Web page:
Lots of characters, and lots of thoughts about those characters. And while I have misgivings about the total product of Arc III, I will say that I love how it ended, landing on a bit of a bittersweet note, with a hollow-feeling victory. There’s a lot unresolved, and many of our heroes are in flux – as are the villains! That’s what I was aiming for, and it was a wild and weird journey getting there, but I learned a lot, I’m proud of how it all fell together, and I’m excited for what comes next!
Speaking of characters, I’ve recently seen a lot of talk in videos and blog posts about the different ideas of writing fiction. Some people think that the idea of “characters coming alive and driving the stories themselves” is ridiculous. A sort of “you’re the author, you’re in control, aren’t you? Just make the characters do what you want them to do, don’t be a slave to them!” I’m paraphrasing, but that sums it up (and for some people, that’s not a paraphrase at all). The sort of dueling ideologies of “character-driven” storytelling and what I’ll call “author-driven” storytelling. And while I’m very big on the author’s importance to the story, especially in terms of themes, ideals, values, and worldview, I will say that I fall mostly into the character-driven camp. I can outline to my heart’s content, plan as much as I want, but when I sit down and start writing, my characters frequently pull away from that outline.
For me, that’s because the greatest and most loved stories feel alive, no matter how unreal they are. And that largely comes down to the characters. Do they act in believable ways that feel true to who they are? When I start writing, the best moments come from my characters stopping my ideas and saying “this is what I (the character) would actually do and say.” I’d say it’s more of a collaboration – my ideals, my hopes, my worldview, my values all play a huge role in the stories I tell. And my characters may take the story to places I never expected or intended, and they may fly off into wild, uncharted wilderness that I never knew existed. But they also do so in service to those ideals, hopes, values, and worldview. We’re working together, and while that often has me pulled in directions I didn’t want to go or didn’t expect to go, nearly every time I’m amazed at the view.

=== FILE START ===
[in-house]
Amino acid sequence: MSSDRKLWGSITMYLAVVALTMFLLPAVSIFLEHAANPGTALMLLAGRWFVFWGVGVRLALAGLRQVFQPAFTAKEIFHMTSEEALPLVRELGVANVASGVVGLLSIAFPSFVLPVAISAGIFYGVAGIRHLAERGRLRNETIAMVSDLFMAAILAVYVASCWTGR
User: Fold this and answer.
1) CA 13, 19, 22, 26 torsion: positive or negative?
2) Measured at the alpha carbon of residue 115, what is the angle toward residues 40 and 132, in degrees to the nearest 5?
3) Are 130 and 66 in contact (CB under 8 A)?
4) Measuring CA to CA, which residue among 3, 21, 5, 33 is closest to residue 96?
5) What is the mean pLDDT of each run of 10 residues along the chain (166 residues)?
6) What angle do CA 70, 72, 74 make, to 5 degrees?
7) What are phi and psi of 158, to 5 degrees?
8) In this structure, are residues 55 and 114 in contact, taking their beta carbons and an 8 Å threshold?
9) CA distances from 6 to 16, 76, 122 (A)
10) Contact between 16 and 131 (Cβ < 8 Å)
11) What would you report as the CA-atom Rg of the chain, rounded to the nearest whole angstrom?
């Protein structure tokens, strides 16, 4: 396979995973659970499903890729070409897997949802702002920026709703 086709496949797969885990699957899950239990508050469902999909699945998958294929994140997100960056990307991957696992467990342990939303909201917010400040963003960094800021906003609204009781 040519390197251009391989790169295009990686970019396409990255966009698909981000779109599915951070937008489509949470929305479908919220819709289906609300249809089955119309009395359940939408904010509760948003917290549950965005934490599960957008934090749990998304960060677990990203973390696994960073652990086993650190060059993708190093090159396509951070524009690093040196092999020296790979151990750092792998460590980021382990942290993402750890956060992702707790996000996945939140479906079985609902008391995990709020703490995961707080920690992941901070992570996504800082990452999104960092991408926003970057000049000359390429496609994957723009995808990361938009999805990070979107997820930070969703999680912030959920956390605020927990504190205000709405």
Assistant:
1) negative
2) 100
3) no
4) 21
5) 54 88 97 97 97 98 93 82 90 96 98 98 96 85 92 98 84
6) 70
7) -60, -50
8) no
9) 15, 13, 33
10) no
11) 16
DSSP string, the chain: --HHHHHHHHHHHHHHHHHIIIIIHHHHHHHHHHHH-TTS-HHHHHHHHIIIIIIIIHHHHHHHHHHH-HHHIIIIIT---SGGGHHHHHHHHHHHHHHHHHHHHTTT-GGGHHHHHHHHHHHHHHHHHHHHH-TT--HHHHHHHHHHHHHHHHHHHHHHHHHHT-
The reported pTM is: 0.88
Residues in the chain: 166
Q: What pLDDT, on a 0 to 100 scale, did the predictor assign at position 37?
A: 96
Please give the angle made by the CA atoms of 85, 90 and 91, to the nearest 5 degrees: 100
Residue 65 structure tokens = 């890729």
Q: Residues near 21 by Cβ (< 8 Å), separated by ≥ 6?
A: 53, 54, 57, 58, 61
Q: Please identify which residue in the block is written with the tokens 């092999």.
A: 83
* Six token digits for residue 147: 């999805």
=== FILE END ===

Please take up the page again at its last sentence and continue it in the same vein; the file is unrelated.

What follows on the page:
Because I keep ending up somewhere far better than where I’d planned.
I’m not alone in writing my stories. And there are plenty of others who have a similar philosophy. Yoshihiro Togashi, the mangaka behind Yu Yu Hakusho and Hunter x Hunter, said this in an interview:
“I think manga is more interesting when characters aren’t under control. When I write manga, I first think of a rough outline. But when I actually write the characters, sometimes they say things that are completely different from the storyline I thought of. But I think ‘This line really fits them!’ And then I have to give up on the original story. But I think it’s much more interesting when that happens.”
I too think it’s much more interesting when the characters can freely drive the story. And I think my biggest failings in Arc III came about by my own misguided desire to drive the story where it didn’t need to go. I muddied the waters with selfishness and stubbornness.
But I’m excited that I learned so much from this wild ride, and I’m excited for where we’re going! Arc IV, titled “Grand Tour.” Is it a bit of cheesy title? Yeah! Does it perfectly fit? Yeah! We’re going to a whole bunch of places in the universe, on a wild, sprawling, magical adventure! And we’ve left off in the perfect place for that. Caleb’s in a whole new strange place. Delilah and Alice have a whole adventure right in front of them. Chelsea’s heading off to meet Mister Midnight, who’s working with Shana to try and heal Nocta, and let’s not forget all the things in store for Fae, revealed to her so long ago by the Fates. She may have the biggest journey ahead of her out of all of these characters.
The wheels are spinning, the world keeps turning, and these characters keep moving forward. As always, I’m tremendously grateful to every single person who’s been along for this wild ride, and I hope you’re as excited as I am – or even more so! – for what comes next.